When I was a kid, I used to watch television and read comics for fun. Yes, there were retro games (like Super Mario and Contra, etc), though that came much later.
But things have changed now. Thanks to technological advancement, the younger generation has a lot of cool stuff to play with. And it’s not just about playing, they also learn from it. So, here is a list of some of the best educational apps. (video demo)
Note: Since these kids apps cannot be monetized with ads, chances are many good apps are either paid or comes with in-app purchases. So if you are looking for some quality games for your child, be prepared to spend some cash.
That being said, let’s get started
Best Educational Apps for Kids
#1 YouTube Kids
Description: This is a special version of YouTube made especially for kids. The app is free (supports pre-roll video ads) and host — kids related tv shows, cartoons, educational videos, etc.
Suitable for: Age 2-13 years old
The good: There are three things, I like about the app.
One is the quantity. There are thousands of videos for children of any age or taste. Kids can spend months using this app and never get bored.
Second is also a parental control. Parents can set a daily time limit for this app. If the kid accidentally searched for an inappropriate keyword, there will be no results.
The third is the chromecast support. So if you have more than one kid watching YouTube Kids, you can cast the videos on a big screen using a chromecast.
The bad: Apparently, YouTube Kids is only available in the US, Canada, Australia and parts of Europe. So, if you are not living in these countries, you won’t find YouTube Kids in the App store. Update: It’s available in most countries now.
Bottom line: YouTube kids is a child-friendly video app. It has a huge collection of educational videos and omes with all the necessary settings for both kids and parents. Overall a must have app if you have kids in your house.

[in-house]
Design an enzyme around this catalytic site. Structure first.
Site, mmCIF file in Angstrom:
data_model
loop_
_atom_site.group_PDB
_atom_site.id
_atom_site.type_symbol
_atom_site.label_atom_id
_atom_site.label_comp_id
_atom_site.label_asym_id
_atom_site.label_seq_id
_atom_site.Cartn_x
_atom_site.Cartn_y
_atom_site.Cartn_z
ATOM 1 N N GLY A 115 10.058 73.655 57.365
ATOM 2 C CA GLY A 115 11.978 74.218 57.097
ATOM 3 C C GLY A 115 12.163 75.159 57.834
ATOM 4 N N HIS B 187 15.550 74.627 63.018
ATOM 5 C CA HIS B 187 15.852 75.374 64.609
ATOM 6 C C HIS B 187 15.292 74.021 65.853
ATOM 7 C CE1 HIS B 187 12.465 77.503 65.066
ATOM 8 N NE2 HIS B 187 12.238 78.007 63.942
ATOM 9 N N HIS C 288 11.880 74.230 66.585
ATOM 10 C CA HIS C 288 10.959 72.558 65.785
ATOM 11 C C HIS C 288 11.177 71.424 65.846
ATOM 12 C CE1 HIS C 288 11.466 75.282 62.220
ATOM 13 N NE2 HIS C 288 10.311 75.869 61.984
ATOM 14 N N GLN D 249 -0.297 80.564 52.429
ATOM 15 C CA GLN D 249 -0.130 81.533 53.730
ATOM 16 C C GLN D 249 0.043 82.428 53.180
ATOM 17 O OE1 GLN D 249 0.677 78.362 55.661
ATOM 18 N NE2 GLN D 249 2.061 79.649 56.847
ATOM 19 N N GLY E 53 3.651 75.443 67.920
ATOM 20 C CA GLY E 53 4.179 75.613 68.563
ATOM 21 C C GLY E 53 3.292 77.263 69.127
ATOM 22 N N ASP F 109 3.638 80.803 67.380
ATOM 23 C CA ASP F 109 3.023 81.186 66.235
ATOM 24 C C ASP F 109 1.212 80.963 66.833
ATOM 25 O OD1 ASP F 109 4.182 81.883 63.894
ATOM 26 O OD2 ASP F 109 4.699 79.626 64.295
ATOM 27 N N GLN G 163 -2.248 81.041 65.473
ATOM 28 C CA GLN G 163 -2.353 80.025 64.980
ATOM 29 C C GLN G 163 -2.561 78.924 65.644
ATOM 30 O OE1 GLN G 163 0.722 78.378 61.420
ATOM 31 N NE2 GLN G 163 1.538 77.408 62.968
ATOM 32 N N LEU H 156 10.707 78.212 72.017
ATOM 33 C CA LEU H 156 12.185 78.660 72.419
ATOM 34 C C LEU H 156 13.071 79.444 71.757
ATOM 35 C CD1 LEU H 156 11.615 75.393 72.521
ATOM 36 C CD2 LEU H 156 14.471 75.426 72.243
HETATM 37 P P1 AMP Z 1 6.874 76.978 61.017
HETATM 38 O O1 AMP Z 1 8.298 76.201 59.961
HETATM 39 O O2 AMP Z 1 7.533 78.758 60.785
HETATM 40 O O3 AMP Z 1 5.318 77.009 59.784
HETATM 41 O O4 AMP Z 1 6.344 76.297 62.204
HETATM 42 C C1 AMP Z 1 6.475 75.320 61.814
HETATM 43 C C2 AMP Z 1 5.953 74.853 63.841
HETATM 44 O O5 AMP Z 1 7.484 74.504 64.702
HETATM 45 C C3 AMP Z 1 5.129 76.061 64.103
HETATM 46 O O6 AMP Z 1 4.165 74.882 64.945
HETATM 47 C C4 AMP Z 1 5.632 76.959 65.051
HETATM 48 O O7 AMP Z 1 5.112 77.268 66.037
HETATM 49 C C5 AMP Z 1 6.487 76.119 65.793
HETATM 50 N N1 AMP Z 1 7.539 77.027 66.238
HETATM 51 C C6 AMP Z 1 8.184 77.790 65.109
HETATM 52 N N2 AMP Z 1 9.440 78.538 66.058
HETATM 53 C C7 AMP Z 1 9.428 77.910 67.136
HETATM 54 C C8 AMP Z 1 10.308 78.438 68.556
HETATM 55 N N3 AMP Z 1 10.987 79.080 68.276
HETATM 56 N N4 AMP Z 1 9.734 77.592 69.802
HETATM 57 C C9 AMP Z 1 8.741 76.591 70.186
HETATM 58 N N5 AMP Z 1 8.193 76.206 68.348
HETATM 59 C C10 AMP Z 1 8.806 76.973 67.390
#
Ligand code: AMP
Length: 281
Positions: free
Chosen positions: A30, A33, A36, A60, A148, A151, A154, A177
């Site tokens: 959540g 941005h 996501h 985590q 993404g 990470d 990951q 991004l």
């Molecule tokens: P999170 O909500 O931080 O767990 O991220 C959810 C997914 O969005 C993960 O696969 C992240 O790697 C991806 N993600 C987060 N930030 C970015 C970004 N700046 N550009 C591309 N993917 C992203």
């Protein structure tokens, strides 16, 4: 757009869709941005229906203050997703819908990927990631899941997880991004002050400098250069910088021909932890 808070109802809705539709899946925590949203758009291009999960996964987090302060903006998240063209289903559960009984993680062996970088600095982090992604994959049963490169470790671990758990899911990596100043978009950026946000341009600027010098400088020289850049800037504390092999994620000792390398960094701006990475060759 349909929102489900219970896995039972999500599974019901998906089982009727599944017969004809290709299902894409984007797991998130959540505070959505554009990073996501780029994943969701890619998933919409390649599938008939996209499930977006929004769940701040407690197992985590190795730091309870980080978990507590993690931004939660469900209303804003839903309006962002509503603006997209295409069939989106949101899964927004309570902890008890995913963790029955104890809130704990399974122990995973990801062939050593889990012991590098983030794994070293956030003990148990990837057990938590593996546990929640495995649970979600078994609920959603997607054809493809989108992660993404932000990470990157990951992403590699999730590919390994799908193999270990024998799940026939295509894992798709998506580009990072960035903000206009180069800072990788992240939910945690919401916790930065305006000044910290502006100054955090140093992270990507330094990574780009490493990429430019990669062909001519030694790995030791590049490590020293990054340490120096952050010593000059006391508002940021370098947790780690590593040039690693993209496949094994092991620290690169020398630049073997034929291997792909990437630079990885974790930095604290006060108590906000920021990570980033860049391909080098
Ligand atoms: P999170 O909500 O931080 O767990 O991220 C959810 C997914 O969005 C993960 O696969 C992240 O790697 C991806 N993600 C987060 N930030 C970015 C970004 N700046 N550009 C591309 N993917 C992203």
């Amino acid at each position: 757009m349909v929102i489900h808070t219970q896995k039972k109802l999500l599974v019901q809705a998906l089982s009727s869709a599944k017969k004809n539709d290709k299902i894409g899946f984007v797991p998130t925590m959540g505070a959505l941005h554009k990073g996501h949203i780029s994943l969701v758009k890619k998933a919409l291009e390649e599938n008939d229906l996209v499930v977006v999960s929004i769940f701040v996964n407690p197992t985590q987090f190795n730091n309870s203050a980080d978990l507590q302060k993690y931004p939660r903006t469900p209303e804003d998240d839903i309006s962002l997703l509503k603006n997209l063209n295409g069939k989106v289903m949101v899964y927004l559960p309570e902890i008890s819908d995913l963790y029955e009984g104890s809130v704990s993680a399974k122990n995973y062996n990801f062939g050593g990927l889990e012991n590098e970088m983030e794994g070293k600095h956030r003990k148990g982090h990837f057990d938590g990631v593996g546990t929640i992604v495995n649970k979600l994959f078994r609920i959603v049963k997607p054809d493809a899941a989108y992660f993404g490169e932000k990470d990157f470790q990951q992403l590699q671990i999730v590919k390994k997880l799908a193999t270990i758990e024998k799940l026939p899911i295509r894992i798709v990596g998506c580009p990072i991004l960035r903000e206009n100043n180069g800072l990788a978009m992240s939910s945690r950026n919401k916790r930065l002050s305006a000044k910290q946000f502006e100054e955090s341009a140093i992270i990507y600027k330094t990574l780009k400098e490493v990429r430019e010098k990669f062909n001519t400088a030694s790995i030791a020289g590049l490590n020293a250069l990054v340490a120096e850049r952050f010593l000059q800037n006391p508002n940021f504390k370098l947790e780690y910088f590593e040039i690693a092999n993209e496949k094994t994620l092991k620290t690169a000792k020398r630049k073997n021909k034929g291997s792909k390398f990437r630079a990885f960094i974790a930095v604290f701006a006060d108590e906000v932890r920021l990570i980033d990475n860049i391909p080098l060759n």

#2 Endless Alphabet
Description: This app teaches your kids the basic alphabet and improves their vocabulary. It has around 60 words starting from A-Z. And to play the game, select any word, and then drag and drop the letters to its respective blank space.
Now, when you hold down the letter it makes a funny sound like ‘s’ will sound like this. And once you arrange the word in proper order, you’ll see nice animation explaining the meaning of that word.
Suitable for: Kids learning alphabets, age between 2-3 years old
The good: The app is very well built and easy to play. Kids can easily operate this app without any assistance.
The bad: There is nothing to complain about this app, it does what it says. Though te free version of this app comes with only 7 free words starting with the letter A, B, and C. To get the full version, there is a one-time in-app purchase of around $5.
Bottom line: Overall the app is fun, educational and very stable. It provides a good platform to introduce alphabets and build your child’s vocabulary. I have the pro version and it’s worth it.
#3 Abby Basic skills
Description: This app focuses on basic skills.
As you open the app, you will see a monkey called Abby, who drives a train. And on every train journey, there is a small puzzle. This puzzle includes small tasks like — fixing a toy, identify different shapes, find out the toy of a given color, etc.
Suitable Age: The puzzles are basic and good for kids between 2-4 years.
The good: It’s a puzzle solving app that teaches sideway things that other apps don’t focus on. The app is nicely built and fun to play.
The bad: Though I have to say there is nothing outstanding in this app. For instance, there is no level or way to track progress. My nephew really enjoys this app in the beginning, but after using it for a month, it’s no longer interesting to him.
Bottom line: A decent app that covers 12 different educational activities like shape, colors, letters, pattern matching, etc.